Sociologist Cystal Fleming, in response to many whites admonishing Donald Trump’s racist remarks about Africa and Haiti, once remarked that “the main lesson most whites absorbed from the Civil Rights Movement wasn’t that they have a personal responsibility to fight systemic racism but rather, that they have a responsibility to maintain a public appearance of being ‘non-racist’ even as racism pervades their lives.”

Jesse A. Myerson wrote that “in this formulation, racism is not a system but an inherent quality within an individual, proof of which comes when they publicly espouse racist views or use racist language. By formally classifying Trump “a racist” (“calling him out”), well-to-do liberals are able to implicitly deem themselves “non-racists” while keeping the pervasiveness of the attitude that Africa and Haiti are shitholes where it belongs: swept well under the rug. In Trump’s case, “the problem, for many whites, isn’t white racism or dominance —the problem is a failed public performance of being ‘non-racist.’”

The problem with the public performance is that racism is not an individual quality; it is a hierarchical system of distributed power that gets mediated through people’s acts. The dominant liberal conception of white anti-racism emphasizes altruism. In this mode, white people must set aside their own self-interest in order to extend kindness to those less fortunate. Humanitarian assistance is rewarded, and those who practice it are hailed for their self-sacrifice and generosity.

“White people are encouraged to defer, shrink, and assist. It is not our fight, the white-altruism mode says, so we must strive to decenter ourselves and support black people’s “advancement” as peripheral allies, doing what kindnesses we can to compensate them for the privileges we enjoy. We must reliably articulate non-racist positions using suitably non-racist terminology, correct white people who fail to do these, and under no circumstances use racist language out in the open.”

Just like racism, tribalism is also not an individual quality, but a hierarchical system of distributed power that is mediated through people’s acts. This is the same way ethnicity works in Kenya. Kindness is extended to those ethnically oppressed. Altruism NOT solidarity. Solidarity demands collective action toward redistributing power. Altruism does not address unequal power relations, it entrenches dominance.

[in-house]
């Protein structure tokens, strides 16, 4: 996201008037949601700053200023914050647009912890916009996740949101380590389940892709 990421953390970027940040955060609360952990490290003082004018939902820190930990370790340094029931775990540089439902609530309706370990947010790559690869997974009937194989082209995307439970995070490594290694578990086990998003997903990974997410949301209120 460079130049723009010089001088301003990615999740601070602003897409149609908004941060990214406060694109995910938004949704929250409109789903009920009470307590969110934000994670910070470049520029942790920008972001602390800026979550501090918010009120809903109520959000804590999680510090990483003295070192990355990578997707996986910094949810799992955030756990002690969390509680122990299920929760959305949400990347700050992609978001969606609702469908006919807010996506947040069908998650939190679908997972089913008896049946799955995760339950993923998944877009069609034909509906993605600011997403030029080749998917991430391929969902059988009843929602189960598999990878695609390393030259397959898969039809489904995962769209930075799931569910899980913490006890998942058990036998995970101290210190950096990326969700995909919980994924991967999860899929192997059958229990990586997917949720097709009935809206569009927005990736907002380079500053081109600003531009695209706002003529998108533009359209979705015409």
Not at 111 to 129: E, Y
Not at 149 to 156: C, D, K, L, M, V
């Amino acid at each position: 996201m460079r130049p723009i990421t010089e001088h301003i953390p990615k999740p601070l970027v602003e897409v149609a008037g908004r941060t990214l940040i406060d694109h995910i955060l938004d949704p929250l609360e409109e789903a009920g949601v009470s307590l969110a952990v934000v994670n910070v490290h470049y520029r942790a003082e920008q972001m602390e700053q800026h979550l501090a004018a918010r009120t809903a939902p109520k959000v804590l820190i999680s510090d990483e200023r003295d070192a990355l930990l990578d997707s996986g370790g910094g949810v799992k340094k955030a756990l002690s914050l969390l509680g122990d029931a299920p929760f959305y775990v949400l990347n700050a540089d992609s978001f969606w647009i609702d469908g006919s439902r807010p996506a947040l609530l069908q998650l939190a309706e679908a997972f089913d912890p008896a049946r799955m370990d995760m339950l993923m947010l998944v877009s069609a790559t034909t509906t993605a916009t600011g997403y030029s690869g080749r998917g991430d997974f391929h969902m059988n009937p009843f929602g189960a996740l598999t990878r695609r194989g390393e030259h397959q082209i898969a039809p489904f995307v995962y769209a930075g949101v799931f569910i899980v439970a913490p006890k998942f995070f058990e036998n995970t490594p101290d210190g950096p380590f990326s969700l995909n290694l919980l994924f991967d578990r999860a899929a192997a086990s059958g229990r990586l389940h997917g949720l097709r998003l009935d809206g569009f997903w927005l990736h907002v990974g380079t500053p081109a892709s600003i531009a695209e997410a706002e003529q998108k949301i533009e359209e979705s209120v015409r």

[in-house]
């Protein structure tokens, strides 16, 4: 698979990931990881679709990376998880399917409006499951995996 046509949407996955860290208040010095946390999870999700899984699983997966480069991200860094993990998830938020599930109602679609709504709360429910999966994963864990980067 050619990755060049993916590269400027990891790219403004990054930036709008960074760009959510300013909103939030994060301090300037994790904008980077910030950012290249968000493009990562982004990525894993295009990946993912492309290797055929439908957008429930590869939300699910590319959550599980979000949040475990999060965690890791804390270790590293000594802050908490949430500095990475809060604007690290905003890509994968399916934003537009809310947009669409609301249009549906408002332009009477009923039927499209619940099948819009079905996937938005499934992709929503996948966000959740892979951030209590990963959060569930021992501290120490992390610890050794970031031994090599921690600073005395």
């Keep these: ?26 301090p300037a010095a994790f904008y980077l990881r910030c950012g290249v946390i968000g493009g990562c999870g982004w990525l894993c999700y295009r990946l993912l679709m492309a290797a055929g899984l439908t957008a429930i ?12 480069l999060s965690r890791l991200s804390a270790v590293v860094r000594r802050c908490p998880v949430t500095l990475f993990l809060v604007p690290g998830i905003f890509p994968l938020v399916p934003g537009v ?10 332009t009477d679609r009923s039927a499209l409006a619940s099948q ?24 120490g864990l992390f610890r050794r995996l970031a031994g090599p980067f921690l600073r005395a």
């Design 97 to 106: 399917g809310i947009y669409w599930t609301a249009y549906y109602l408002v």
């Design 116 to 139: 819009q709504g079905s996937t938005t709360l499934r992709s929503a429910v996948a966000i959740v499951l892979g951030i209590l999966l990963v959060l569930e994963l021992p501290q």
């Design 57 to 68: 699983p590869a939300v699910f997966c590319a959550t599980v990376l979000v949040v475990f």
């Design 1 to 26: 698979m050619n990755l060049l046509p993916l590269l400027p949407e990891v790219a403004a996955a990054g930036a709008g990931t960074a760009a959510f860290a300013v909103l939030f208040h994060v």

Is your anti-tribalism activism against the tribeX-dominated regime anchored in the goal of redistributing power or it is just to make you feel good -altruistic?

A Summary of the #PunguzaMzigo (Constitution Amendment) Bill – For Busy Kenyans

Oh, come on. Don’t be embarrassed about it. I understand. We are busy. It is difficult to get time away from our busy social media lives to read the new constitutional amendment hullabaloo. You are not alone. Perhaps you have stumbled on a Facebook post by a friend responding to the bill and maybe threw one or two comments in passing. Fair play. Or that tweet that clipped its wings even before it hatched. You know, the general stuff. How if Raila has not talked about it, or Uhuru, then it is going nowhere. You know. Deep state and stuff. How we comment on things we have not read. How we avoid specificity for the beauty of generalization. Or how Ekuro Aukot is I don’t know what. You know how we are. Don’t lie. Plus most of us are allergic to reading. Except for those who will read this. This service is brought to you free of charge.

It is all about kupunguza mzigo. Reducing the burden on Kenyan taxpayers.

THING ONE: Strengthen Senate and National Assembly and reduce cost of running National Parliament


  • Abolishing the 290 constituencies;
  • Adopting and using each of the 47 counties as a single constituency for purposes of parliamentary election to Senate and National Assembly;
  • Electing one man and one woman to the national assembly and to nominate only six members of parliament from special interest groups (SIGs). This will also consider gender equality so that of the sic (6) SIGs, there must be one man and one woman for each category. This, in fact, cures the elusive a third gender rule in Parliament.
  • Electing 47 Senators using the County as a single constituency.


THING TWO: Strengthen Devolution & Taking Services To Peoples Doorsteps

  • Increasing Counties revenue share allocation to, at least, 35% from the current 15%. The people of Kenya are in the counties, wards and villages.
  • Use each of the 1450 Wards of Kenya as the primary unit of accelerated development replacing CDF hence taking development to the people’s doorsteps.

THING THREE: End Gender Imbalance, Inequality and Address The Elusive 1/3 Gender Rule In Elective Positions



  • End historical gender inequality and ensure that Kenyans elect one man and one woman from each of the 47 Counties to the National Assembly. This abolishes the women representative position.

THING FOUR: Demystify The Presidency & End A Culture Of Electoral Violence Associated With Power Of Incumbency



  • Introduce a one 7-year term presidency